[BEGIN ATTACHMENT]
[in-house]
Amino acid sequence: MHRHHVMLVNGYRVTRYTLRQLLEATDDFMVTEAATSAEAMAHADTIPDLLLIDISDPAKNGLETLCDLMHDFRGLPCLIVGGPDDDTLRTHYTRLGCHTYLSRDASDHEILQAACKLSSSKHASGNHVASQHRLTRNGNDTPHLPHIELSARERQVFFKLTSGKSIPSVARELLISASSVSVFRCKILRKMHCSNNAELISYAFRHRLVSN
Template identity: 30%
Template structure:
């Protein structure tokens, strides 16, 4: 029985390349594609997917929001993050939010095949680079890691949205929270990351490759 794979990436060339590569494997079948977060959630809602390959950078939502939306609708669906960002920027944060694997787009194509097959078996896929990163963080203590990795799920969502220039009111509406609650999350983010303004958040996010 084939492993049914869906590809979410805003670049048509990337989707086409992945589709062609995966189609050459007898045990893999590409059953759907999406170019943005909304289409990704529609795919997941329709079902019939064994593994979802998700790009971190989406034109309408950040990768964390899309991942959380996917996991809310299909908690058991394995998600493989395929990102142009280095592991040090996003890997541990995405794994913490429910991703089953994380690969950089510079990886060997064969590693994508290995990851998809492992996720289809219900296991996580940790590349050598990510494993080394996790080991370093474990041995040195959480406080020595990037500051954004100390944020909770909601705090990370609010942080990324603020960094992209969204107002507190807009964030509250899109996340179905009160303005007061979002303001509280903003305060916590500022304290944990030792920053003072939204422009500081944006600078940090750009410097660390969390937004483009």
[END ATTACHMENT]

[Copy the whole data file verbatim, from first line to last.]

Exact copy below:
[in-house]
Amino acid sequence: MHRHHVMLVNGYRVTRYTLRQLLEATDDFMVTEAATSAEAMAHADTIPDLLLIDISDPAKNGLETLCDLMHDFRGLPCLIVGGPDDDTLRTHYTRLGCHTYLSRDASDHEILQAACKLSSSKHASGNHVASQHRLTRNGNDTPHLPHIELSARERQVFFKLTSGKSIPSVARELLISASSVSVFRCKILRKMHCSNNAELISYAFRHRLVSN
Template identity: 30%
Template structure:
């Protein structure tokens, strides 16, 4: 029985390349594609997917929001993050939010095949680079890691949205929270990351490759 794979990436060339590569494997079948977060959630809602390959950078939502939306609708669906960002920027944060694997787009194509097959078996896929990163963080203590990795799920969502220039009111509406609650999350983010303004958040996010 084939492993049914869906590809979410805003670049048509990337989707086409992945589709062609995966189609050459007898045990893999590409059953759907999406170019943005909304289409990704529609795919997941329709079902019939064994593994979802998700790009971190989406034109309408950040990768964390899309991942959380996917996991809310299909908690058991394995998600493989395929990102142009280095592991040090996003890997541990995405794994913490429910991703089953994380690969950089510079990886060997064969590693994508290995990851998809492992996720289809219900296991996580940790590349050598990510494993080394996790080991370093474990041995040195959480406080020595990037500051954004100390944020909770909601705090990370609010942080990324603020960094992209969204107002507190807009964030509250899109996340179905009160303005007061979002303001509280903003305060916590500022304290944990030792920053003072939204422009500081944006600078940090750009410097660390969390937004483009």